Varied road conditions make for tough traffic, but also for a reason why companies like Uber are coming to Pittsburgh to test autonomous vehicles. If traffic technology can work in Pittsburgh, it can work almost anywhere. And, along with AV, that traffic technology includes Surtrac, an AI system that allows traffic lights to adapt to traffic conditions instead of relying on pre-programmed cycles.

At the lights where Surtrac is installed, the team behind the system estimates that it has reduced travel time by 25%, braking by 30% and idling by more than 40%. It costs about $20,000 to wire up and install Surtrac at an intersection.

Surtrac works by detecting traffic and through creating predictive models. First, hardware, including a computer, camera or radar device, is installed at the intersection. Surtrac can then see cars that are coming to the intersection from all directions. The computer runs a predictive model and uses it to generate a signal timing plan in real-time. The processing is done in a way that, through communication with downstream models, builds a local plan from multiple data sources.

Each intersection controls its own traffic, but by communicating projected ouflows to neighboring intersections, those intersections can better prepare for incoming traffic.

Surtrac, which started as a project at Carnegie Mellon, piloted at 12 high-volume intersections in 2012. It’s now at 50 intersections with another 150 on the way, paid for with a grant from the Federal Highway Administration. In 2015, the project spun out from Carnegie Mellon as a company called Rapid Flow Technologies.

After the pilot, Steve Smith, a robotics professor at Carnegie Mellon and the head of Rapid Flow Technologies, said they could notice a significant difference in traffic flow. But they were quickly informed that they had forgotten about non-motorized traffic.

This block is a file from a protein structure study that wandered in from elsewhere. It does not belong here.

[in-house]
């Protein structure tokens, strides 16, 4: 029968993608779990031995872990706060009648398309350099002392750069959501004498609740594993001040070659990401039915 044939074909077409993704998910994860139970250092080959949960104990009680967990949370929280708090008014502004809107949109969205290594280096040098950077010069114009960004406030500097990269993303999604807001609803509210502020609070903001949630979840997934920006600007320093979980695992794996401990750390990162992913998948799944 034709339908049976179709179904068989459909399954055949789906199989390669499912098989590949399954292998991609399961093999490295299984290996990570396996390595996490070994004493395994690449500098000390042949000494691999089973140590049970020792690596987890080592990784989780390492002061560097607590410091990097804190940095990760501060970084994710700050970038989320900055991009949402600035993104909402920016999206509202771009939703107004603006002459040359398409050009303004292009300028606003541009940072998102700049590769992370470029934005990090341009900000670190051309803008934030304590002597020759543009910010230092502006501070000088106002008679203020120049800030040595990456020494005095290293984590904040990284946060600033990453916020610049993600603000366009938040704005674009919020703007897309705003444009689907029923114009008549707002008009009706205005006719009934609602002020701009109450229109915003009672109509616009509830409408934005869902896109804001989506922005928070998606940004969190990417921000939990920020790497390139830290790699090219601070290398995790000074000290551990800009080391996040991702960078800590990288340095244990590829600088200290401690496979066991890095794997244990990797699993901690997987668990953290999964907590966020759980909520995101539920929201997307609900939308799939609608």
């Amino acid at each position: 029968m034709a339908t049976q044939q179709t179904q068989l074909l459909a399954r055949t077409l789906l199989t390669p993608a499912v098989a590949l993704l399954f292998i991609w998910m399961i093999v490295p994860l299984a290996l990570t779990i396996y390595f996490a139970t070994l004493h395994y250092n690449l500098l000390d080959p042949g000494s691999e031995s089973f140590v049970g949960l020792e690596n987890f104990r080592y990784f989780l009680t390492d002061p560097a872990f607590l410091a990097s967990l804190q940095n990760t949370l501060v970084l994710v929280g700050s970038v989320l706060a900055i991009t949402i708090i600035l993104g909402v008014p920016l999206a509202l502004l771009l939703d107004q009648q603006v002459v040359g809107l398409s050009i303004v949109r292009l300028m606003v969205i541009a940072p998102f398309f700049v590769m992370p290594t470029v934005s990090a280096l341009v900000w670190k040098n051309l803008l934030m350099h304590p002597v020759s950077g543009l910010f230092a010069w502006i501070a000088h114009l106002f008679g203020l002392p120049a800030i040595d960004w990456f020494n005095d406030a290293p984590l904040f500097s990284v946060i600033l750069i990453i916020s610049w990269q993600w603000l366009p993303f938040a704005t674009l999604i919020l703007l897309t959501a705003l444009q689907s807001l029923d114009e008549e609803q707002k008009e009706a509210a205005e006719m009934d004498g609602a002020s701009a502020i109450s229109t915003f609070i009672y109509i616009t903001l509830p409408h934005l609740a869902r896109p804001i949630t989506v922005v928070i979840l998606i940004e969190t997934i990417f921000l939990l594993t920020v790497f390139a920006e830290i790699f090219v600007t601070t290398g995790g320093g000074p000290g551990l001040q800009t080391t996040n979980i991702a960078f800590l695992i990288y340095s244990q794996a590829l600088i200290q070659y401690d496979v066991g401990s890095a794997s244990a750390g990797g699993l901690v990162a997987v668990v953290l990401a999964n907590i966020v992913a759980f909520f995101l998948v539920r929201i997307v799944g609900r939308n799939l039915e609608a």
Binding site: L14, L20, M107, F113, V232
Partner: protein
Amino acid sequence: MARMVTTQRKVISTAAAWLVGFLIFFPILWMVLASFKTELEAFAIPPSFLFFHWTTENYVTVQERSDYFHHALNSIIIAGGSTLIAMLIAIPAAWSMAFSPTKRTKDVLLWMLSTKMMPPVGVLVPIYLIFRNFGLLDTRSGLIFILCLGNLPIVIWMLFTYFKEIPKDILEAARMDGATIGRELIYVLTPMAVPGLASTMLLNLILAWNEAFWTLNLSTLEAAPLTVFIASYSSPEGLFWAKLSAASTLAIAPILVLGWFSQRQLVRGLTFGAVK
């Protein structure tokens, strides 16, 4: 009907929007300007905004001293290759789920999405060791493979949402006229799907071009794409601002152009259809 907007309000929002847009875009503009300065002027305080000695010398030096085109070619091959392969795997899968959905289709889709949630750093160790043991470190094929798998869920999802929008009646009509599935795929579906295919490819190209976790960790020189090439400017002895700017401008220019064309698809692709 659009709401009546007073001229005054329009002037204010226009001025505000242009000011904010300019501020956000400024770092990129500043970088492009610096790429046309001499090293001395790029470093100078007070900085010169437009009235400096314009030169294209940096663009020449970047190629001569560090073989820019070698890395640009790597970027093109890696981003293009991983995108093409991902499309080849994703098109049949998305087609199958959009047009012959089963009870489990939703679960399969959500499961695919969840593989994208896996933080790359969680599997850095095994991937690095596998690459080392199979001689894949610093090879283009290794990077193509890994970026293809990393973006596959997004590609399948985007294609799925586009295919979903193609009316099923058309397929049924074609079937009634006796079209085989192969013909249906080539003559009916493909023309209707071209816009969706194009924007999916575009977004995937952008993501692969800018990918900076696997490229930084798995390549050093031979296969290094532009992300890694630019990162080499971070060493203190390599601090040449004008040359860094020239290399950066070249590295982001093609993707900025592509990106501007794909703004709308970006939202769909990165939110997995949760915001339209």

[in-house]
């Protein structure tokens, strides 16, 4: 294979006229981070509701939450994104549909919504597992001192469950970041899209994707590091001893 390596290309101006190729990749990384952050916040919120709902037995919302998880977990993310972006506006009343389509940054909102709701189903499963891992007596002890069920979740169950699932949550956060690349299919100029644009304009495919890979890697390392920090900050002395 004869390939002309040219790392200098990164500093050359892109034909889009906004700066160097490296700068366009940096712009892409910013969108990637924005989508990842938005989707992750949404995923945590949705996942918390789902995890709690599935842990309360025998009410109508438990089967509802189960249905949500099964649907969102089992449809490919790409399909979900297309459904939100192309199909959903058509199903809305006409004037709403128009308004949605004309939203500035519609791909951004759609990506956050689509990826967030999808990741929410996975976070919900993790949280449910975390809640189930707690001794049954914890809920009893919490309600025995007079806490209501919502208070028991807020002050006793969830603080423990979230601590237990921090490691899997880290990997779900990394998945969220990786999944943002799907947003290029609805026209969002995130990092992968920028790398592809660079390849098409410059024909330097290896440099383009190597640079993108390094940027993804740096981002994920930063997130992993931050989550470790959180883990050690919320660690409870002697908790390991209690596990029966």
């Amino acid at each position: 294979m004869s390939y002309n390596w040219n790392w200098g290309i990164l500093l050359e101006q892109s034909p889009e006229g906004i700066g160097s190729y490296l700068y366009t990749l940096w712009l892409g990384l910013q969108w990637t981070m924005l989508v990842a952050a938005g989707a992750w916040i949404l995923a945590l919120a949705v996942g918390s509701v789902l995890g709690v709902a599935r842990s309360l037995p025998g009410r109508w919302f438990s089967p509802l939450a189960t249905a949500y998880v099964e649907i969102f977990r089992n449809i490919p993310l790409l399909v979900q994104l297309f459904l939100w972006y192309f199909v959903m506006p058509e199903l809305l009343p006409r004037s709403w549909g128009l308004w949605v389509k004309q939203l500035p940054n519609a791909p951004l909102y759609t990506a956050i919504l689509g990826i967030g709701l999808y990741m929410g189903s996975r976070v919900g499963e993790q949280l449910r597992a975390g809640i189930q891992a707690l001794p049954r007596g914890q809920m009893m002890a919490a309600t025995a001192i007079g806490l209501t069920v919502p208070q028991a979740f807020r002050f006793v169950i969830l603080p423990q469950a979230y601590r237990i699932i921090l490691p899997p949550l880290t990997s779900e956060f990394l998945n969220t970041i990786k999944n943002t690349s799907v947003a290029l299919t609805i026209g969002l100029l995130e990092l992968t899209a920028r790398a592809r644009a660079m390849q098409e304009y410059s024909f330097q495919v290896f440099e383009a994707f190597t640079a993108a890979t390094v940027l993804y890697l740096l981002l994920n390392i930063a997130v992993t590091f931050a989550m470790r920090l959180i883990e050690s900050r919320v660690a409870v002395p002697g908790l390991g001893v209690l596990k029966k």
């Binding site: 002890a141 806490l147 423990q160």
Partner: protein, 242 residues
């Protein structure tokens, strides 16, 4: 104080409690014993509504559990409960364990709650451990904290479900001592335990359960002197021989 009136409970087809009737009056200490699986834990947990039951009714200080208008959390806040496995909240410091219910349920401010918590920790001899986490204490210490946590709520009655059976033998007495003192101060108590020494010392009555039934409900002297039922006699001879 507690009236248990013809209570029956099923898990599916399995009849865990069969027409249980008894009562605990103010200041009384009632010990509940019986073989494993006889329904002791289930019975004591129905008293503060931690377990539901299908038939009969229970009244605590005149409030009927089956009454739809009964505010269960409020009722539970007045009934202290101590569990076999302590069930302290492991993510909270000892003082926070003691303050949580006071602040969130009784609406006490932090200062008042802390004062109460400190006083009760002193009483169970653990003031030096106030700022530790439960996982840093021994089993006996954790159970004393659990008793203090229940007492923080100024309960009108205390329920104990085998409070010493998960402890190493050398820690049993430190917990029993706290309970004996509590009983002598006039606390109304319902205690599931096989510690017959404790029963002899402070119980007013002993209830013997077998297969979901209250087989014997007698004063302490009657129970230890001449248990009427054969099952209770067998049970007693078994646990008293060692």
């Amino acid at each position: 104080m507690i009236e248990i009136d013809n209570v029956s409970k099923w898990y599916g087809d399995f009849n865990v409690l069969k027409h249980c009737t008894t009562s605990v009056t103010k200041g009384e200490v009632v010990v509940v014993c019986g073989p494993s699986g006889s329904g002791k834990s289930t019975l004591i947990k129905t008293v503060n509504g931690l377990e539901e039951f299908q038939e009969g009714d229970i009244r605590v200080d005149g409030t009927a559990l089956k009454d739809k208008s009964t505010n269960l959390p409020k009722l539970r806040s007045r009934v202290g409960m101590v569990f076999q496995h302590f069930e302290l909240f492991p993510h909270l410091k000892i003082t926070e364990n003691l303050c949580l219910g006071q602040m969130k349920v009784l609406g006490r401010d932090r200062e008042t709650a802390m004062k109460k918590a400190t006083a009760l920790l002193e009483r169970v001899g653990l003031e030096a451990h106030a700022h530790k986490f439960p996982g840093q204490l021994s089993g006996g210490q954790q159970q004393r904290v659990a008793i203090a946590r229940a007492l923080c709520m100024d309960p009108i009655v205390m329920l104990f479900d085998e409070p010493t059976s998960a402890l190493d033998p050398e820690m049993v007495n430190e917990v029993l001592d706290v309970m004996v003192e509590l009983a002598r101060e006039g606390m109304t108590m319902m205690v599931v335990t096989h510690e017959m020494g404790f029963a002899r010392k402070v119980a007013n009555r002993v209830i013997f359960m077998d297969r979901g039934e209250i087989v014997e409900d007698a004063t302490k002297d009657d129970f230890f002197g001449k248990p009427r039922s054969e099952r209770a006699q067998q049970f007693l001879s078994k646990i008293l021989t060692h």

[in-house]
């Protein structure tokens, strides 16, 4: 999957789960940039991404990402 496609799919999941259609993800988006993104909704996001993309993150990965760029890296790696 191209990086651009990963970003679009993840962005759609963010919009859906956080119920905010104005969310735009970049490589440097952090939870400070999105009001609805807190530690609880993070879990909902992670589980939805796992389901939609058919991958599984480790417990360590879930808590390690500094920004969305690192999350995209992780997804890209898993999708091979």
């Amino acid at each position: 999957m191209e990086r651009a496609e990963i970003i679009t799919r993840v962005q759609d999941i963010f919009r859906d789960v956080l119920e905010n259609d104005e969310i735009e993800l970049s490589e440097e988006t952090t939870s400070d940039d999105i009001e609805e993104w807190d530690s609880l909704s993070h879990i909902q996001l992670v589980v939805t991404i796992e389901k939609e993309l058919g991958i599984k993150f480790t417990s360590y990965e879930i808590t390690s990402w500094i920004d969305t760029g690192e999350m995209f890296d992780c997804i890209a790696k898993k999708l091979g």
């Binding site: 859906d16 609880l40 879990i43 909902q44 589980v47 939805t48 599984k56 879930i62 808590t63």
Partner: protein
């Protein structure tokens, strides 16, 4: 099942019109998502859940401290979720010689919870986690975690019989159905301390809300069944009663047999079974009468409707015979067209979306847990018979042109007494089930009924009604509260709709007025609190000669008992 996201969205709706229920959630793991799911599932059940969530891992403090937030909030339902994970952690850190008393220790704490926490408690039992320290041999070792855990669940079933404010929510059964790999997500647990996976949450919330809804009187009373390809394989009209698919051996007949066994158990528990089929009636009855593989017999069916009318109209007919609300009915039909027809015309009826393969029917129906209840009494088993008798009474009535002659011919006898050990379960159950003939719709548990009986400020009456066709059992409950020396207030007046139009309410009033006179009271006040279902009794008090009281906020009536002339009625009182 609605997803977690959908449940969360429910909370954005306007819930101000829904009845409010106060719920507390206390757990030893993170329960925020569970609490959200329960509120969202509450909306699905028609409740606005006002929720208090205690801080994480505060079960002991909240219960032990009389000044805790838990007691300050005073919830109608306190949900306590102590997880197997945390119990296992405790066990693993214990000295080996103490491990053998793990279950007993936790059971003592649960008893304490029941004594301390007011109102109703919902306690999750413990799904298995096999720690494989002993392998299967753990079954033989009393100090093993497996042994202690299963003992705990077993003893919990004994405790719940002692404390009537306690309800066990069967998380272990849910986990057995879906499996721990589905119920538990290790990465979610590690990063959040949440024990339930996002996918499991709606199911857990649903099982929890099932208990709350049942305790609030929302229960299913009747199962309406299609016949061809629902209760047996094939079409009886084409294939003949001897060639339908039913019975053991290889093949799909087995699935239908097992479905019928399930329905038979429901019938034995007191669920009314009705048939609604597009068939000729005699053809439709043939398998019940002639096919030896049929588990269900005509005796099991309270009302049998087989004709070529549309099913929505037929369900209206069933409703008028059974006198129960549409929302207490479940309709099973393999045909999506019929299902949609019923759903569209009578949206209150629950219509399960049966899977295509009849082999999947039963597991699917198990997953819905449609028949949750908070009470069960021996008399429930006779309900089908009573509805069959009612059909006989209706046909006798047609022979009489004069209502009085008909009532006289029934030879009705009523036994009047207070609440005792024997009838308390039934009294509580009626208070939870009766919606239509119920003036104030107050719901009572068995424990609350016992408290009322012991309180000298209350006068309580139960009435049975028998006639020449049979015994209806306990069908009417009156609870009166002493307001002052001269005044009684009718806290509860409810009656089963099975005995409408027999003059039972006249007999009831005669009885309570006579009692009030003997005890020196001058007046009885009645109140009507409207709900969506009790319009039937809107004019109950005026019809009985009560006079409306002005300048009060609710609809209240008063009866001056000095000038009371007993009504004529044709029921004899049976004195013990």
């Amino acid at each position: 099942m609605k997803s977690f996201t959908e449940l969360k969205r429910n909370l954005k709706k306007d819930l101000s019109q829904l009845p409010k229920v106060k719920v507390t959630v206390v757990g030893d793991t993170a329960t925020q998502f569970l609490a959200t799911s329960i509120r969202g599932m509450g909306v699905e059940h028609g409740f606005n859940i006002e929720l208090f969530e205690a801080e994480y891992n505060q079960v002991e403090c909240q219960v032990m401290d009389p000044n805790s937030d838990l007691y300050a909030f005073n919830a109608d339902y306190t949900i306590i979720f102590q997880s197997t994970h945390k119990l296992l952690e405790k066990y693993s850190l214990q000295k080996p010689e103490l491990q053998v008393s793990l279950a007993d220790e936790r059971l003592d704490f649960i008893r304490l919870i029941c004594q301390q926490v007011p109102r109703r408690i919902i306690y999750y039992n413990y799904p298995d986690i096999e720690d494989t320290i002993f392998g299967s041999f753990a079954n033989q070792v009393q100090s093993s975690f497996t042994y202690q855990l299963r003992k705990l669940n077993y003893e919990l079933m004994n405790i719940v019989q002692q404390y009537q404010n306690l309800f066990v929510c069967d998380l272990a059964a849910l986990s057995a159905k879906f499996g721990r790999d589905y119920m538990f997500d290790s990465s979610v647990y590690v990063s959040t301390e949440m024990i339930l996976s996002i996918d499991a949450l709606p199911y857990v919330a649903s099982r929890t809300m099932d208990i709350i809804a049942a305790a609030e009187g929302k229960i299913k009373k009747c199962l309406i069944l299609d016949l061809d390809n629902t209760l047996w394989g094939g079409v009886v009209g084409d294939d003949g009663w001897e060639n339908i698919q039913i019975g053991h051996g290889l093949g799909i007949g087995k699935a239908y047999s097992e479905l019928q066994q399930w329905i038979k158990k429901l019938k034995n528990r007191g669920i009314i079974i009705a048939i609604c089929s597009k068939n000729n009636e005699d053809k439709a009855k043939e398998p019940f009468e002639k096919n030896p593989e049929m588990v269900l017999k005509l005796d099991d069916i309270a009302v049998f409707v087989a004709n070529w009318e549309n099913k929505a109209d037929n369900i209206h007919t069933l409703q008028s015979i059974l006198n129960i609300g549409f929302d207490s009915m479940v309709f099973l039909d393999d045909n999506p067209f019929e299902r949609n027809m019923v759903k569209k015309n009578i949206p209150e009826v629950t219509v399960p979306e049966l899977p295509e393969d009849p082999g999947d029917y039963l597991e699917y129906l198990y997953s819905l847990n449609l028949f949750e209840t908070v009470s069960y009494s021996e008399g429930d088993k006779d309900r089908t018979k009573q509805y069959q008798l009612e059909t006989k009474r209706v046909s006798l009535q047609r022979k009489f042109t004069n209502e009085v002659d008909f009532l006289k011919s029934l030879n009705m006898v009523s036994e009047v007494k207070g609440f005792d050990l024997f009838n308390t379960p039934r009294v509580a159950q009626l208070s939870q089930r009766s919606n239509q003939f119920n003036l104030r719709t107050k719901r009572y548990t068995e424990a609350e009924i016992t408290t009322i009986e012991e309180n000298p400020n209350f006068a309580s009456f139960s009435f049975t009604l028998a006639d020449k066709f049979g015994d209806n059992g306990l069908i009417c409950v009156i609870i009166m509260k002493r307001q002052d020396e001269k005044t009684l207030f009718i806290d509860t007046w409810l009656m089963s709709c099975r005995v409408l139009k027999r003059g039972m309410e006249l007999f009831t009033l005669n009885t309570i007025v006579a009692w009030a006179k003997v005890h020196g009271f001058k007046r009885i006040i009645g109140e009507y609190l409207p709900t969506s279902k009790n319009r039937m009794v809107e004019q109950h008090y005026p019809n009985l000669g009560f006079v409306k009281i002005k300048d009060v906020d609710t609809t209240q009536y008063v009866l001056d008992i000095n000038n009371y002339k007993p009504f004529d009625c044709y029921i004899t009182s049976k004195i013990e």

“We immediately got a lot of feedback from pedestrians, who were feeling left out of the picture,” Smith said.

Tweaks to the system made it so there was a maximum wait time for pedestrians at lights. Researchers and students at Carnegie Mellon are working on a side project to make a mobile phone app to communicate with the lights for people with disabilities who need more time to cross the street.

The system is totally automated, but can be pulled up in real time at a central location if desired or necessary. Smith said they don’t really expect people to be manually intervening, however.

“In theory it’s one of the best,” said Aleksander Stevanovic, an associate professor of in the Department of Civil, Environmental and Geomatics Engineering at Florida Atlantic University and director of Lab for Adaptive Traffic Operations & Management (LATOM).

Stevanovic said it’s still a “theory” as it needs more testing, namely, at a minimum of a half-dozen more sites that have different traffic patterns, like longer blocks with faster-moving traffic. But he commends Surtrac for looking at previous technology and collecting as much information as possible.

“There is nothing wrong with needing improvements, these are complex systems,” Stevanovic said. “It’s been said that solving traffic in urban settings can be harder than sending a rocket to the moon.”

Surtrac is expanding beyond Pittsburgh — even beyond Pennsylvania — this year. It’s going to 25 intersections in Atlanta and 15 in Beverly Hills. King County outside of Chicago is also in line for Surtrac deployment.